MARIPOSA -- The best storytellers have a gift for amusing and amazing, weaving words with wonder, and transporting our imaginations on incredible journeys within ourselves, around the world and beyond.
Today through Sunday, the Mariposa County Arts Council will hold the 26th annual Storytelling Festival.
This popular event features six talented performers who will delight audiences today and tomorrow at the Mariposa County High School, and on Sunday at Yosemite National Park.
Guest storytellers this year include:
Patrick Ball, a California native, is a National Storytelling Association Circle of Excellence Award recipient. In younger years he dabbled in music and became enamored with words. Studying history in college led him to visit Ireland, the country of his heritage, and eventually North Carolina's Blue Ridge Mountains. In discovering the eloquence of oral tradition and the beauty of the Celtic harp, Ball found his calling. He is considered one of the best Celtic harp players in the world, as well as a captivating spoken-word artist.
Born in the southern Appalachian Mountains on land owned by his family since 1781, Donald Davis grew up hearing and absorbing stories of all kinds. He remembers, "In a story I could safely dream any dream, hope any hope, go anywhere I pleased, fight any foe, win or lose, live or die. My stories created a safe, experimental learning place." This father of four sons and retired Methodist minister now travels the globe telling his stories.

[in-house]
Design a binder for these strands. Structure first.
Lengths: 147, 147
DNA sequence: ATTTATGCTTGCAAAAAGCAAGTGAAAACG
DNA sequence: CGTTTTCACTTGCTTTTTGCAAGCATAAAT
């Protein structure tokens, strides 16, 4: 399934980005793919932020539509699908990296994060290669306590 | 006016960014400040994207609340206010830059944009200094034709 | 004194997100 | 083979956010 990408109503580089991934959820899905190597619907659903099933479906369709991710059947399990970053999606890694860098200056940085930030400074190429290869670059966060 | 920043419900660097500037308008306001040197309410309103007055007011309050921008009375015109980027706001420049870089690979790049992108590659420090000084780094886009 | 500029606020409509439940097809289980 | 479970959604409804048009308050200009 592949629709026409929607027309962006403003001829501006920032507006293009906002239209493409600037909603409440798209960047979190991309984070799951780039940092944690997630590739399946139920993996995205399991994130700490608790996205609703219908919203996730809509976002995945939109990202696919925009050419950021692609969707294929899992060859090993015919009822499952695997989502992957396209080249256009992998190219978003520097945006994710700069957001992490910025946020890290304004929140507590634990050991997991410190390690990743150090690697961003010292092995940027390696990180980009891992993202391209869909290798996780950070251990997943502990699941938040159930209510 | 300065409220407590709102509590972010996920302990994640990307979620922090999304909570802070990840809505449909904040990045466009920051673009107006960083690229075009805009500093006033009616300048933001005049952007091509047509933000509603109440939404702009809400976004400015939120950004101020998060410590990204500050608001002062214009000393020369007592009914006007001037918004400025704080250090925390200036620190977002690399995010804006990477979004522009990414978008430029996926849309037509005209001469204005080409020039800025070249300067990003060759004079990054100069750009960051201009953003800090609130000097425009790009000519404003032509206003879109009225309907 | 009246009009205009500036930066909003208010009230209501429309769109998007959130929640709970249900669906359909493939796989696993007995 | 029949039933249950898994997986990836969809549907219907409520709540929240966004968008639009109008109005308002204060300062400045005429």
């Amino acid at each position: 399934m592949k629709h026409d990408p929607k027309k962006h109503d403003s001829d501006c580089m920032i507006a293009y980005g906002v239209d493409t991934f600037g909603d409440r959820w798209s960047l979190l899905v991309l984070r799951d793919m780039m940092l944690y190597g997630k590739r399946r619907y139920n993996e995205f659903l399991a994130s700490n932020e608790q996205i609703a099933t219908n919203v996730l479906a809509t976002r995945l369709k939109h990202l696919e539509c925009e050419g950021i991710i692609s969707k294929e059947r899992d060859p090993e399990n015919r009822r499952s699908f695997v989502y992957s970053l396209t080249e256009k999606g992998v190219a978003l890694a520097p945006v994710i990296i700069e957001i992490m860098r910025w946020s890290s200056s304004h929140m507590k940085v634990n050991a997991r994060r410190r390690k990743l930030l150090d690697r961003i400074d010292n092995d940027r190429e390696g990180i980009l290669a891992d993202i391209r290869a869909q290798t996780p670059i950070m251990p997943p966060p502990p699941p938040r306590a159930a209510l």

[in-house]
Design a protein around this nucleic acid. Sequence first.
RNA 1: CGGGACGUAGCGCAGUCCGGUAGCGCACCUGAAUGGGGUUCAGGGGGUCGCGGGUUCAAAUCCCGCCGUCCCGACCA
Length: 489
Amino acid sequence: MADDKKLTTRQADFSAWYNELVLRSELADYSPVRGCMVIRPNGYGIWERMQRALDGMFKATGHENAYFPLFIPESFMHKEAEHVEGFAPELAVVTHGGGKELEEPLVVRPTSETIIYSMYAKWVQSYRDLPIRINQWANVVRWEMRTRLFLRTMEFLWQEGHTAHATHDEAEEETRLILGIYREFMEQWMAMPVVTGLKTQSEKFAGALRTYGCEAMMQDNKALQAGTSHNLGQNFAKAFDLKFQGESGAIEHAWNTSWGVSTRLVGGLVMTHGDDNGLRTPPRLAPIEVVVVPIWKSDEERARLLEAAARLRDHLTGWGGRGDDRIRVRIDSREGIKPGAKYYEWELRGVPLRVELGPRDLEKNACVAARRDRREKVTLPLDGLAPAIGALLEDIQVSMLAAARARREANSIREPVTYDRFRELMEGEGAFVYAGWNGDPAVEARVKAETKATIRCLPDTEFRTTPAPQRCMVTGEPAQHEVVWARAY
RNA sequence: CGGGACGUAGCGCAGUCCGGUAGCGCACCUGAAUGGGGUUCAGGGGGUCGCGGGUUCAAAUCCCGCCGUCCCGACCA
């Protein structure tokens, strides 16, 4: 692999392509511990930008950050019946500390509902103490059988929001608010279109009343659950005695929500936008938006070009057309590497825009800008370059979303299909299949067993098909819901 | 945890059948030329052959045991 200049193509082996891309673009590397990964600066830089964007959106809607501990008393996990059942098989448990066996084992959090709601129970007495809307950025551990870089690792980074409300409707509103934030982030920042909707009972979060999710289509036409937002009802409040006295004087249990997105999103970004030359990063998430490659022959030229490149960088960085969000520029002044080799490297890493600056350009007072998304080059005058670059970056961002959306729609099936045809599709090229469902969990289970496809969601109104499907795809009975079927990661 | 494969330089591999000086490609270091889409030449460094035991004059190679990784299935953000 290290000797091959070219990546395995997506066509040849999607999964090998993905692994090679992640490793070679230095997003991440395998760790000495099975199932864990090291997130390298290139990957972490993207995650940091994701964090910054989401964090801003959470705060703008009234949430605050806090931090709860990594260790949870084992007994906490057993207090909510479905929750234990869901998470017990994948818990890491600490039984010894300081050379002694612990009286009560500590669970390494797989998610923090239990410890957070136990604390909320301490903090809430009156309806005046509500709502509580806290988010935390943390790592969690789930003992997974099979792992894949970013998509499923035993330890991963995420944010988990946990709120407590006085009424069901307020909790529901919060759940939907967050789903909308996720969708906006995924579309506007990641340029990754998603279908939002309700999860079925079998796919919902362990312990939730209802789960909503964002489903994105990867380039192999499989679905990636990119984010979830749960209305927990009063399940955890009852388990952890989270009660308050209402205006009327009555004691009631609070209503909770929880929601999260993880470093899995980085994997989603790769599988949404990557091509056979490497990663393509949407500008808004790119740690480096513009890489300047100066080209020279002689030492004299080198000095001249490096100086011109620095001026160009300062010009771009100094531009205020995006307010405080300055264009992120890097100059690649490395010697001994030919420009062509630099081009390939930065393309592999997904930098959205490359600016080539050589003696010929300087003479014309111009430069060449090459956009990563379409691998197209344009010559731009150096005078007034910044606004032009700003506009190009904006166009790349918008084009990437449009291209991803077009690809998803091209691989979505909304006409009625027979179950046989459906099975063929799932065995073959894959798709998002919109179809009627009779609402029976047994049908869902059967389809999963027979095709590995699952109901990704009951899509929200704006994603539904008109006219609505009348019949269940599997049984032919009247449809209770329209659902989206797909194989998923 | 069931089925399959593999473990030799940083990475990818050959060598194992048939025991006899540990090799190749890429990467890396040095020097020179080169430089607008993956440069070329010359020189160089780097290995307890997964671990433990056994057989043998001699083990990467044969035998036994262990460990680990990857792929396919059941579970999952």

Home-fried tales are the specialty of Lyn Ford, a nationally recognized, fourth-generation storyteller with African-American and Appalachian roots. She is a published writer and recording artist with award-winning albums. Residing in Ohio, Ford is a story artist with the Columbus Arts Council and a Thurber House mentor for young authors. Of course, those who know her best call her mama, grandmama and a good cook.
Angela Lloyd, a Californian, combines whimsical stories with music and poetry. A virtuoso on the washboard, she also plays autoharp, guitar, spoons and bells. For three years she was an artist in residence at The Walden School in Pasadena. As one of the most unique performers on the national storytelling circuit, Lloyd is often referred to as a "one-woman band."
David Novak is a former Master Storyteller for the Disney Institute at Walt Disney World. His travels have taken him from his home in the Appalachian region to Hong Kong and the Czech Republic, and many places in between. With a background in theater, Novak's craft is all about performance, which includes elements of intimacy, conversation and a degree of participation. In storytelling, he believes the actors have an opportunity to develop a meaningful relationship with the audience.
And lastly, Laura Pershin Raynor is an award-winning children's librarian and storyteller from Michigan. In more than 30 years of telling tales, the main characters most often come from her own family, including her Russian grandmother who immigrated to America and lived to be 105 years old. Her heart-warming stories endear her to the audience, no matter what their ages are. Just ask the 3-, 4- and 5-year-olds who sit attentively during story hour each week in the Ann Arbor District Library.
The festival is recommended for ages 8 and older. At Saturday's Children's Story Concert, adult tickets are only $4, and up to four children may attend for free with a paying adult.
A special back stage party on Friday night will give audience members a chance to meet the artists, but space is limited.
Festival prices vary, ranging from individual performances to the two-day festival pass. Tickets may be purchased by calling the Mariposa County Arts Council at (800) 903-9936 or (209) 966-3155. Detailed information and a festival brochure may be viewed at www.arts-mariposa.org.
Debbie Croft writes about life in the foothill communities. She can be reached at firstname.lastname@example.org.